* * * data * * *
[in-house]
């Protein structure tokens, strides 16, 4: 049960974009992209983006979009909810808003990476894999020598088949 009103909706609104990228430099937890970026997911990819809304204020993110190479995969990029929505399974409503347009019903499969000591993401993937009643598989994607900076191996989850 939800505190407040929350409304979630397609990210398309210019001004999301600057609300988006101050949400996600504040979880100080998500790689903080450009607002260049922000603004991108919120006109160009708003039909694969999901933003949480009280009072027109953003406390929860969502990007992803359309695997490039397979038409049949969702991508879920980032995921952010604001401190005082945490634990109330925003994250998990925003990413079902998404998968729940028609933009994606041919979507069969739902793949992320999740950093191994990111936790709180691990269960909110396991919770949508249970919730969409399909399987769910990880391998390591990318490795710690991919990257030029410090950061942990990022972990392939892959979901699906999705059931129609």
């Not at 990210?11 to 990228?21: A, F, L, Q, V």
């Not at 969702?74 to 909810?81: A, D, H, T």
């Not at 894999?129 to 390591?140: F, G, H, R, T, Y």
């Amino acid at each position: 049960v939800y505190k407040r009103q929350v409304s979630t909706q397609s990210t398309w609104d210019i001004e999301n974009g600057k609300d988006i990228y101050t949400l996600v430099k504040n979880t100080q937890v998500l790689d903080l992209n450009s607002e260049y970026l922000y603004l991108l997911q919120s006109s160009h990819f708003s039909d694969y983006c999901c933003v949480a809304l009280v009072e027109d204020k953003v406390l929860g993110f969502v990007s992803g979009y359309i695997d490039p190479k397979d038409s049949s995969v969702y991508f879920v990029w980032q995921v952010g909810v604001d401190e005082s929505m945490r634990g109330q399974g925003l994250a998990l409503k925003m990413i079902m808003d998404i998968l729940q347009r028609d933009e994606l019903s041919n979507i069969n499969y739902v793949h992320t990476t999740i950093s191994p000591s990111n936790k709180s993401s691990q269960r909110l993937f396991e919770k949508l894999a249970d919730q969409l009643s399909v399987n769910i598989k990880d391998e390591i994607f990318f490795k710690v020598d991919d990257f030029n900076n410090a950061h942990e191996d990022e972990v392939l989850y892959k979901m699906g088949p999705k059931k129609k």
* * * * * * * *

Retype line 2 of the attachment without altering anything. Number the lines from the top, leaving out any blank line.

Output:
């Protein structure tokens, strides 16, 4: 049960974009992209983006979009909810808003990476894999020598088949 009103909706609104990228430099937890970026997911990819809304204020993110190479995969990029929505399974409503347009019903499969000591993401993937009643598989994607900076191996989850 939800505190407040929350409304979630397609990210398309210019001004999301600057609300988006101050949400996600504040979880100080998500790689903080450009607002260049922000603004991108919120006109160009708003039909694969999901933003949480009280009072027109953003406390929860969502990007992803359309695997490039397979038409049949969702991508879920980032995921952010604001401190005082945490634990109330925003994250998990925003990413079902998404998968729940028609933009994606041919979507069969739902793949992320999740950093191994990111936790709180691990269960909110396991919770949508249970919730969409399909399987769910990880391998390591990318490795710690991919990257030029410090950061942990990022972990392939892959979901699906999705059931129609």